OMJ anticipates oil market movements

OMJ oil demand
Amidst a global lockdown resulting in less and less demand for oil, the oil market has been in turmoil. Ian Moore, director of the Oil Market Journal (OMJ) shares his insight into oil market movements from March and April this year.

“Oil prices are in free fall as the market tries to force a rebalancing of supply and demand. The storage crisis which is now being played out was inevitable after the combined effect of the failure of OPEC and Russia to agree cuts on 6th March and widespread COVID lockdowns taking effect resulting in oil demand down to about 70m bpd from 100m bpd.  The cuts from 1st May, agreed over the Easter weekend, will shift things in the right direction but still leave a Q2 2020 oversupply of around 20m bpd due to the falling demand.
“The latest data (15th April) indicates “US Total Oil Demand” down around 6,000 million bpd from before the COVID crisis spread to the US. And the fall in demand in the US is replicated across the world. The US Gasoline demand was 9.327m bpd before the crisis and is now 5.077m bpd (1-9 April 2020) and the demand for jet fuel in the US also decreased by just under 69% bpd with US distillate demand reduced by 0.933m bpd.
Anticipating the direction of travel
Even as early as late March, the OMJ daily report was already anticipating the current issues; ‘In the near term we expect things to get rather messy in April and May as storage fills. Oil analysts continue to warn that global oil storage tanks will be full by mid-May.’
And by early April: ‘Our expected scenario is full global oil tanks in late April and into May which would result in a very “hard landing for oil.”’ A forecast which certainly played out in the spectacular and historic lows seen at time of writing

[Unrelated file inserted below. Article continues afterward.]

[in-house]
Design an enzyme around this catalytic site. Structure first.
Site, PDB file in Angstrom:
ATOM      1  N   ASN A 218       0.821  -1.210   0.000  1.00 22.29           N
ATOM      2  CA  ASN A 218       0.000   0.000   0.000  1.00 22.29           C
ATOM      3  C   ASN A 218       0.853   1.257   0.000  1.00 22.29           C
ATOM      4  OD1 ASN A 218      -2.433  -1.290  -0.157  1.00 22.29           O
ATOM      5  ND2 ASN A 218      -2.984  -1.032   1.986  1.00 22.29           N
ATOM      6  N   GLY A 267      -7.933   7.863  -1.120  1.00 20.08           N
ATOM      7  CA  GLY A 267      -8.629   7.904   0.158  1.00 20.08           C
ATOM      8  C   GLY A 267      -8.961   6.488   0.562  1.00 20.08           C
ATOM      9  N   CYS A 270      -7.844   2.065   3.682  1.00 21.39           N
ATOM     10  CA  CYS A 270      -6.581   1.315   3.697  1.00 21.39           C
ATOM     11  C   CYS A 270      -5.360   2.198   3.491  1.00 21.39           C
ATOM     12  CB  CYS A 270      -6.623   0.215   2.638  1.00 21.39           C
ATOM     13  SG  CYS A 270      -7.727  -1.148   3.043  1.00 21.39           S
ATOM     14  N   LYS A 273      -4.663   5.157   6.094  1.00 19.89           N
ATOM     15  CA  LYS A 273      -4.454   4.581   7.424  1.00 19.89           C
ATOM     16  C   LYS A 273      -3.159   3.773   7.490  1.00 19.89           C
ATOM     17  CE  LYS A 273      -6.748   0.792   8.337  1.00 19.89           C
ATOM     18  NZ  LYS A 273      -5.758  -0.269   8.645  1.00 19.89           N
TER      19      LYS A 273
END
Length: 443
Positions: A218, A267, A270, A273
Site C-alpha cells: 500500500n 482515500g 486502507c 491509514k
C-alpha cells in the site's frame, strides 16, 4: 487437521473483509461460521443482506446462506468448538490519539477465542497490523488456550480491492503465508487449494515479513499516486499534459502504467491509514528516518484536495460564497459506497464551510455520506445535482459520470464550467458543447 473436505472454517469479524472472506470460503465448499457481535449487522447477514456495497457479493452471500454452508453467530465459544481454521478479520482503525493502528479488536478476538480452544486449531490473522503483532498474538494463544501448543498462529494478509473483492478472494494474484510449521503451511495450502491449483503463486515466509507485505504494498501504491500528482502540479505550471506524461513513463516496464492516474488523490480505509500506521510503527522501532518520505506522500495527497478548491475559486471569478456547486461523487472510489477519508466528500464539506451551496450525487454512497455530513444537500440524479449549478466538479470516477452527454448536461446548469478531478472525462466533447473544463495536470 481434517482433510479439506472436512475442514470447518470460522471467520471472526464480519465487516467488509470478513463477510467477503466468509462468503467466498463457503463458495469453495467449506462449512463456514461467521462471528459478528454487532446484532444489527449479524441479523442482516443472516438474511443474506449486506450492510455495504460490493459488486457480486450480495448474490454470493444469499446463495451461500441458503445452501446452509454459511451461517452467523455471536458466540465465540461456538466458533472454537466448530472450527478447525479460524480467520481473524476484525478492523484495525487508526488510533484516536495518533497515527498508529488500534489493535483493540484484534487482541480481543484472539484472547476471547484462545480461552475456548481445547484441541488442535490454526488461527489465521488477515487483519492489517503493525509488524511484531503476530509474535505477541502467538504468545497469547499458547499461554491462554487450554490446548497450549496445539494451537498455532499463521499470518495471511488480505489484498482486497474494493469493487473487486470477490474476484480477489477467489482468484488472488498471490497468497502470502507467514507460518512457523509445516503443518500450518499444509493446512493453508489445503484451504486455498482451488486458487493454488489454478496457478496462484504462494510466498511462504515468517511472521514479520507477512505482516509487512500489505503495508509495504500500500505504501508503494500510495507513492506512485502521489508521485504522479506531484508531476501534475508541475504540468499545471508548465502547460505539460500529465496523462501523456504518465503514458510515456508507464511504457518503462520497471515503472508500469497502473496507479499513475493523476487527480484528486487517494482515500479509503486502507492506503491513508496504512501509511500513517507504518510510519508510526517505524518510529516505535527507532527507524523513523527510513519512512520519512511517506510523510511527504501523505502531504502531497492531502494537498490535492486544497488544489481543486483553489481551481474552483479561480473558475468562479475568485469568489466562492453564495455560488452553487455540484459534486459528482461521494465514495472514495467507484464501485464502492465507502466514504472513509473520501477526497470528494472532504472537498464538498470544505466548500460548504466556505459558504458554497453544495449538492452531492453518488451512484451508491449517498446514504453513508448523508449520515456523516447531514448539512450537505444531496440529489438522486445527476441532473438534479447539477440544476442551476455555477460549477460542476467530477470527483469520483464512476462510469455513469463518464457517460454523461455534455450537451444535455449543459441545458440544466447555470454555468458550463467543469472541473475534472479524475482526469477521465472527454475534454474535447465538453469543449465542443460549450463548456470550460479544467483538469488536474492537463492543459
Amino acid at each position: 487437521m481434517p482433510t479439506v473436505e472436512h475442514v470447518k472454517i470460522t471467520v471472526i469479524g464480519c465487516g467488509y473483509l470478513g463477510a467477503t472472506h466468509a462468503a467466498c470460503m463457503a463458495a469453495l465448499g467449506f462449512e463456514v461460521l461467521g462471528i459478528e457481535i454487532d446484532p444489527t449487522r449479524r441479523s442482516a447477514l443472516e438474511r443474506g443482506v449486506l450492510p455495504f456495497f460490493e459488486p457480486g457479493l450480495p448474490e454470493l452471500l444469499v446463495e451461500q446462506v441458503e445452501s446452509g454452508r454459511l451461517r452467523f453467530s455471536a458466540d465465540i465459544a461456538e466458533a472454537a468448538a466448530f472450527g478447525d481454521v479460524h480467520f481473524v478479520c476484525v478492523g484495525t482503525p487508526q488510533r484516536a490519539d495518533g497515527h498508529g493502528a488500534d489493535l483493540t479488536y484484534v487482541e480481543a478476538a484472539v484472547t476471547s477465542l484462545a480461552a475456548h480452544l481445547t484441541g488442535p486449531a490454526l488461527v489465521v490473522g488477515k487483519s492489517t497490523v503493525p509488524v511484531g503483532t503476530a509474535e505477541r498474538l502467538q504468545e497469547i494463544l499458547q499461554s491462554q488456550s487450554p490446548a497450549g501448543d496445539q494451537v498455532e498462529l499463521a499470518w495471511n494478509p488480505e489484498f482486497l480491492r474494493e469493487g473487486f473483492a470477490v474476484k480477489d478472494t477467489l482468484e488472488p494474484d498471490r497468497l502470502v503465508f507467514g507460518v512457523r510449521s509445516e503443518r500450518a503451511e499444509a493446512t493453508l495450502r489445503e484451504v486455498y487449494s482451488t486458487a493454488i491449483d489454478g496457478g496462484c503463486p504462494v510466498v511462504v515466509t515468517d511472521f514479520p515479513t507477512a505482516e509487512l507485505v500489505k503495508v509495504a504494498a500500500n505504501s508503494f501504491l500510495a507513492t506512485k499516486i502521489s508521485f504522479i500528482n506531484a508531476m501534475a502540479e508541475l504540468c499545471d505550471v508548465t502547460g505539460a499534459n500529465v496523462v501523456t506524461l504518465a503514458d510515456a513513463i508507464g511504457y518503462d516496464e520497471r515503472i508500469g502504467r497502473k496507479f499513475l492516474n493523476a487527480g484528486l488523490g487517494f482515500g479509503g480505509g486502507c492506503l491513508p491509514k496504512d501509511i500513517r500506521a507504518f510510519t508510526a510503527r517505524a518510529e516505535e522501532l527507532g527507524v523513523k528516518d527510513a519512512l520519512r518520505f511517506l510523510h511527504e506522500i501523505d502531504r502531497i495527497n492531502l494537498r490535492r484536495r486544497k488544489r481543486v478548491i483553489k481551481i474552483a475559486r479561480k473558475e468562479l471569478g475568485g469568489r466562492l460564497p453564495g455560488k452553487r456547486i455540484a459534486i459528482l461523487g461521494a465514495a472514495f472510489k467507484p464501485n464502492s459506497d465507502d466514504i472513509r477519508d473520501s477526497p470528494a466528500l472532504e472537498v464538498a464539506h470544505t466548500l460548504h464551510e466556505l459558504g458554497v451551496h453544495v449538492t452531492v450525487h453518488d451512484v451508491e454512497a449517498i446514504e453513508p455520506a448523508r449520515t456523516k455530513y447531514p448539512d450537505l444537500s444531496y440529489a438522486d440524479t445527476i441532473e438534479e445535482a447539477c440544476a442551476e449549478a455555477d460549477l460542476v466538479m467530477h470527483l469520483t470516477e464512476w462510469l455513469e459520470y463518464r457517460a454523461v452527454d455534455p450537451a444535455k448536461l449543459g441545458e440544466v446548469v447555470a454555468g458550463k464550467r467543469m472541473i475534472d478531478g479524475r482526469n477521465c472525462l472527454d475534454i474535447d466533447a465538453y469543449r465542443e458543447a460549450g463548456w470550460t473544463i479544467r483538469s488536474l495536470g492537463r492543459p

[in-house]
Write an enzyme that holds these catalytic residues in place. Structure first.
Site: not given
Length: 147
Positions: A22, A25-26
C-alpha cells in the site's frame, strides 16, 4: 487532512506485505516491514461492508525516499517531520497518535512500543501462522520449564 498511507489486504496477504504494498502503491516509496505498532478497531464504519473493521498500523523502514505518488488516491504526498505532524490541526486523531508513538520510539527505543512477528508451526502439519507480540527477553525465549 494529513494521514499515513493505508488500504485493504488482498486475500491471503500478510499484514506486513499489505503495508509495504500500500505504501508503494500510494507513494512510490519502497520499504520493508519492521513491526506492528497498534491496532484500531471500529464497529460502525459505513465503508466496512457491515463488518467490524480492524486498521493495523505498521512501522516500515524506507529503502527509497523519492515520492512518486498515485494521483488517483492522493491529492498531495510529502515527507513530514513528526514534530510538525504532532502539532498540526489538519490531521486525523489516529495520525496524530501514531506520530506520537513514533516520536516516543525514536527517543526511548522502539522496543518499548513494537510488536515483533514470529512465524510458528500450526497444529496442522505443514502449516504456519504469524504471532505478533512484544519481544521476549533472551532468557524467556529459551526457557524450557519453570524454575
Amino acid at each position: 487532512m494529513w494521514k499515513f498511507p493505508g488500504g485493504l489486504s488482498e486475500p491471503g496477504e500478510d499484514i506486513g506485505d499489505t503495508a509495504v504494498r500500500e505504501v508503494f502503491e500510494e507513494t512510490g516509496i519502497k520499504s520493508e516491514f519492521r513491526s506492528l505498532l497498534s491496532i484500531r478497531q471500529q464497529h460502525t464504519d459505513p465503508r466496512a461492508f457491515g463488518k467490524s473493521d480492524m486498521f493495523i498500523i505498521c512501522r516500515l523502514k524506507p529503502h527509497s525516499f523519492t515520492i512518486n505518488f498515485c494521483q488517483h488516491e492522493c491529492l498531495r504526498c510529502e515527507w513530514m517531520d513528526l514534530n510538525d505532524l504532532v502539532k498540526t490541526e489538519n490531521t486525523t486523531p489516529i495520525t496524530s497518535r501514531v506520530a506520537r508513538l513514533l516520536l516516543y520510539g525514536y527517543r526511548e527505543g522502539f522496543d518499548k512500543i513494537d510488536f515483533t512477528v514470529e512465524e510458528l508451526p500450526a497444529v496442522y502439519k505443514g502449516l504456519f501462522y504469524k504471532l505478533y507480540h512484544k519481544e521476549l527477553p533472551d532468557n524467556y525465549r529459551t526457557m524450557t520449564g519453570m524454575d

It is reported that most storage tanks in N.W.E are either full or booked with traders reporting no available space on key storage locations which affect price benchmarks such as inland Rhine and ARA regions. Key far East nations such as India report 95% full tanks with refineries now reducing production by 50% and cancelling crude deliveries.
On March 11, the daily report suggested that; “In a worst-case scenario the Dow Jones could fall another 28% to 18,000, but hopefully support at 22,700 will hold. This is important to oil markets because in a crisis like this, both oil and equities will typically track each other. A fall in the Dow Jones to 18,000 would likely result in Brent Crude falling to $25/b”
On that day, the Dow Jones Industrial Average fell to 18,213 on 23 March as predicted by OMJ, and on the same day Brent Crude fell to $24.68
Asked about the likely outlook Ian commented, “We expect demand to rebound in late May and June as the lockdown is lifted across the US and Europe. However, demand during the summer will likely level off much lower than normal.
“Global oil stocks will remain high through 2020 and it is likely crude prices will remain below $45 during 2020 and well into 2021. We also expect some important demand sectors such as aviation to take years to recover resulting in low cost heating oil for UK and Ireland consumers over the next few years. “